A little student loans news, why not? The Institute for Fiscal Studies (IFS) recently pointed out that some students and graduates in England will be paying up to 12% interest on their loans from September, before a rate dip in March 2023 that will precipitate a (for now, anyway) interest chap. This huge, short-term spike in costs comes not long after changes to the whole system were announced, increasing the time over which graduates pay back their loans from 30 to 40 years, and lowering the repayment threshold. Forty years of debt in exchange for “learning English, but a bit more” seems fairly disproportionate to me, though perhaps that is now the point.
Whenever something like this happens – a huge student finance machination that inevitably makes the decision about whether to go to university or not more fraught than ever, and it happens every few years like clockwork – I do wonder what the endgame to all this is. Do we want to price smart people out of getting smarter for ever? Do we want everyone to be in debt for ever? Is this the society we want to live in? Well, apparently yes.
One of the problems here is that everyone in their 30s or older carries about their own deeply held and outdated opinions about students, with the result that no one seems to actually care what they’re going through right now. Those opinions tend to fall into three categories. First, you yourself did not go to university and still got on fine, in which case you think students are workshy dilettantes who need a humiliating day of hard graft to sort them out (this is fine, you are allowed to think this). Another strand of thinking is not exactly anti-learning, but anti-student, very much stuck in the late-80s Ben-Elton-and-Viz idea of students, where they are always wearing very embarrassing hats and being right on. We don’t like politics that involves empathy in this country, so that it has a big constitution. The third and I think most important way of thinking about students is as this enormous, soul-engulfing self-cringe: you remember how unbearable you personally were as a student – you wore that charity-shop suit jacket everywhere! You idiot! – and you want to prevent modern students from making the same personality mistakes you did, and the only way you can justify that is by saddling them with decades of debt. Realistically, I do back this one. I wouldn’t choose to financially support the 20-year-old version of me, either. He slept in jeans and ate Pot Noodles for breakfast. A sordid little boy.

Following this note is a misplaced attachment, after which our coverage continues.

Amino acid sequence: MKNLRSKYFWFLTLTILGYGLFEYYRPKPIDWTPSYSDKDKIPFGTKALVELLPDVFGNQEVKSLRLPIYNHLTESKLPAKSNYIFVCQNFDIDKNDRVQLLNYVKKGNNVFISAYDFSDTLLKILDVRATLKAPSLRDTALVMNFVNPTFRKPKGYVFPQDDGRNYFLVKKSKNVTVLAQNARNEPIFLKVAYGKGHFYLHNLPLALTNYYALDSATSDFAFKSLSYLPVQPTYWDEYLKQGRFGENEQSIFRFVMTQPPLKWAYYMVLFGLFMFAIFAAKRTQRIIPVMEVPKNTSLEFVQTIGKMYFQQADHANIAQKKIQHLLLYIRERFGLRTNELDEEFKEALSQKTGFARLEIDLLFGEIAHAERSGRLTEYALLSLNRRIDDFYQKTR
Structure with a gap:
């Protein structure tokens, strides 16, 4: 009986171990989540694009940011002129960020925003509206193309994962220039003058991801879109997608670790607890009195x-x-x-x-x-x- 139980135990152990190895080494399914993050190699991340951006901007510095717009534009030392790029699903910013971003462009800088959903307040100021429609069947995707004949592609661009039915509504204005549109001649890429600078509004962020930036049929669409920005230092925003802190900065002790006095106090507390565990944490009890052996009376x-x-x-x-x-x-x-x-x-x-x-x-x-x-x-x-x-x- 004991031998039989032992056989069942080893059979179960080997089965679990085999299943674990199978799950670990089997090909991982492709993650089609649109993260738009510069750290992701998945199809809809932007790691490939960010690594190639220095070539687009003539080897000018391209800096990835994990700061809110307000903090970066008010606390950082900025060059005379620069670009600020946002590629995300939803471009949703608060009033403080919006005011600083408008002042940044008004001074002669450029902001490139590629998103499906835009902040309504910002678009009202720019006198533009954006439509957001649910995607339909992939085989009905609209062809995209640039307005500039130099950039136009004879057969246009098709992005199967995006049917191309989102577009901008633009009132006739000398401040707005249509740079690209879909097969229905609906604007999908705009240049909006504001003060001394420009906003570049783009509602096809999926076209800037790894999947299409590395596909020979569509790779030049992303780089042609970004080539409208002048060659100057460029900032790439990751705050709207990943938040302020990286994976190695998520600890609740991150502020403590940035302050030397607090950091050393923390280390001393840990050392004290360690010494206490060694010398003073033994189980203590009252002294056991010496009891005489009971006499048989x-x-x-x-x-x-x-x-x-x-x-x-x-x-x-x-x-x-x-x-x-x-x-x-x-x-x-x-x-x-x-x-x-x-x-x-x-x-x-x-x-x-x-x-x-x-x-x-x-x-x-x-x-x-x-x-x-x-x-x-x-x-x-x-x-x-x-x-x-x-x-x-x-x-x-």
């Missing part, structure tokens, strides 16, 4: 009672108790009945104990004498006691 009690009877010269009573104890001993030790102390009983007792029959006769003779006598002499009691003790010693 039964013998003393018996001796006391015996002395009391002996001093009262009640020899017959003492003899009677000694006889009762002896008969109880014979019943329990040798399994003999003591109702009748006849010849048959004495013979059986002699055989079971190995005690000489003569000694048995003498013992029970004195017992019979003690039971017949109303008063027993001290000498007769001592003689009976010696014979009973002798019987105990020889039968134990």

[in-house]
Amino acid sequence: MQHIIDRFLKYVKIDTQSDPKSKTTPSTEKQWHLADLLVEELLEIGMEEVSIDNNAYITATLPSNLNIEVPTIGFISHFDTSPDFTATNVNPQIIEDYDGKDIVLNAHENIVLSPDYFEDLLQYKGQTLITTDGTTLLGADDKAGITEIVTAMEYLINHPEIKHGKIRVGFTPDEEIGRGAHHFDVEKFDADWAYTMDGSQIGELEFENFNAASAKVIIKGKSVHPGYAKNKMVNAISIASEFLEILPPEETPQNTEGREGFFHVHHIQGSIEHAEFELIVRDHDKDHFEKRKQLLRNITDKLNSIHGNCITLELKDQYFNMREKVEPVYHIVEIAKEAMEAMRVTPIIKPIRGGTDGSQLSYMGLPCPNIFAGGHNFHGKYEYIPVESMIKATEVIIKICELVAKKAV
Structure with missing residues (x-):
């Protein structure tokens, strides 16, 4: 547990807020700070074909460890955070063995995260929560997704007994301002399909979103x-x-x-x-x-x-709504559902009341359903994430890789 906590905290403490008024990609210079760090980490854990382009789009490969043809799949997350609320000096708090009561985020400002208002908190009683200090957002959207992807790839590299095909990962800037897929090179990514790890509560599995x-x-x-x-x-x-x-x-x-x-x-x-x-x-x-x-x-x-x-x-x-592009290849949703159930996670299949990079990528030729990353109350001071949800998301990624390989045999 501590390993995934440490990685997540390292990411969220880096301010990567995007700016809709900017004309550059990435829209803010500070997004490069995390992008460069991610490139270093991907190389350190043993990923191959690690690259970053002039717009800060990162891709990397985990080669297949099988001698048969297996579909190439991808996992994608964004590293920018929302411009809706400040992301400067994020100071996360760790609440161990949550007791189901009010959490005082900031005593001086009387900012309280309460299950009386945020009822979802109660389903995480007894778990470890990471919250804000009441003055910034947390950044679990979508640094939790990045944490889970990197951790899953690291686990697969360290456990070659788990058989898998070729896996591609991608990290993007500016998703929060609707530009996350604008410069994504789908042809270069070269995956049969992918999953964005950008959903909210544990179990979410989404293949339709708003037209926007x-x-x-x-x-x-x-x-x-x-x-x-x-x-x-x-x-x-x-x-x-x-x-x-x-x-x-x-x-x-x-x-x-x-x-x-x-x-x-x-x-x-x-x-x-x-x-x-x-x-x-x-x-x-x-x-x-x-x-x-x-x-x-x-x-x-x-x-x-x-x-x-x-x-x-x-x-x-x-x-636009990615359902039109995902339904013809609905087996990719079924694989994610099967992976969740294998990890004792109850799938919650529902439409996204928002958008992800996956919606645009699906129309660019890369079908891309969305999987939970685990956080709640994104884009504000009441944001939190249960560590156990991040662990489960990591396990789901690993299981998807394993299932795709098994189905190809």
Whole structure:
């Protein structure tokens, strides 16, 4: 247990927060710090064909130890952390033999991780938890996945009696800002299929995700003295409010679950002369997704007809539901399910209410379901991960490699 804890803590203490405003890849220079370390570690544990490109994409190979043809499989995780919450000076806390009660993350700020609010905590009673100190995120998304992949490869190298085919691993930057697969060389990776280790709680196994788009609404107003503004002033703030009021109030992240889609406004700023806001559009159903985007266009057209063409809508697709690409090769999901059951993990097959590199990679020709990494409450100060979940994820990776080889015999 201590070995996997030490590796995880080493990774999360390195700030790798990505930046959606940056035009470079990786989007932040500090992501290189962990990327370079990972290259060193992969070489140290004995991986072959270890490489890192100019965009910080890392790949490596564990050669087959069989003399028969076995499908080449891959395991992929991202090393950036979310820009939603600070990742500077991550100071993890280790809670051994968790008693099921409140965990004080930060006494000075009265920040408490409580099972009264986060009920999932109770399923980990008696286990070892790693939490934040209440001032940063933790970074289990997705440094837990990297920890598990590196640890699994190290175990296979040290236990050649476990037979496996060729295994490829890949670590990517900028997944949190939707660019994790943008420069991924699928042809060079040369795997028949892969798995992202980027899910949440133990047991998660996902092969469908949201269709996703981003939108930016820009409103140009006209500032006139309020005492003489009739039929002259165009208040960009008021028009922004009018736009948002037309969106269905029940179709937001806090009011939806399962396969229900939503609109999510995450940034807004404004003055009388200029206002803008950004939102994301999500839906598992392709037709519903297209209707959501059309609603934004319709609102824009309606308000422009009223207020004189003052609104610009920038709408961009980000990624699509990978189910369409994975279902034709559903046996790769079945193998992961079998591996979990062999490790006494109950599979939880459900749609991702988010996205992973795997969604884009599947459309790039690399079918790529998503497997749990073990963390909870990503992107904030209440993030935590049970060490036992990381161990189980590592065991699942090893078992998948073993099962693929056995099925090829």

But without those three years of university, I simply would not have blossomed into the long-paragraph genius you delight in reading today, and within these student loan debacles the fact that a university education is very often just a good thing in itself seems to get lost among the newspeak of “it’s just graduate tax” and “how else would you pay for it?”. Some people become the best version of themselves through university, others flourish best when they go straight into a trade, and some people find their feet in the bobbing waters of the workplace. There are a lot of people who fall through the gaps between those broad options but for the most part, university works for those who go. And yet we seem actively determined in England to make it as expensive and off-putting an experience as possible.
It’s now no longer just three years of making bolognese in a wok, having a short and intense friendship with a French girl, pound-a-pint night, and writing essays in the cool dark fog of the night. Now the decision you might make at 17 about university has to matter, every single ounce of it; the entire thing has become a lifelong mortgage calculation in which your future self is in the balance. Nice two As and a B at A-level you’ve got there … it would be a shame if the only viable way to do anything with them is to take on tens of thousands of pounds of ever-growing debt, which we change the terms on as and when we want to.
This won’t be the last student loan disaster and it isn’t yet the most significant, but it will be a footnote on the eventual Wikipedia page about how the whole higher education system in England collapsed while Nick Clegg watched on from California in VR goggles. In the past few years, the politics of England has become an ever sharper war between the old, who did fine, and the young who never really will, and this sort of unthinking generational punishment is just par for the course now. A reminder if you haven’t dipped into the hell of the job market recently: you need a degree just to qualify for an entry-level job doing filing in a bleakly lit office in any major city in the UK. How about we change that? If not, we’ll just move ever closer to a system where only the 7,000-odd graduates from Oxford and Cambridge every year are ever allowed to do anything, and the rest of us can just till the fields.
Joel Golby is a writer for the Guardian and Vice, and the author of Brilliant, Brilliant, Brilliant Brilliant Brilliant
George is Digismak’s reported cum editor with 13 years of experience in Journalism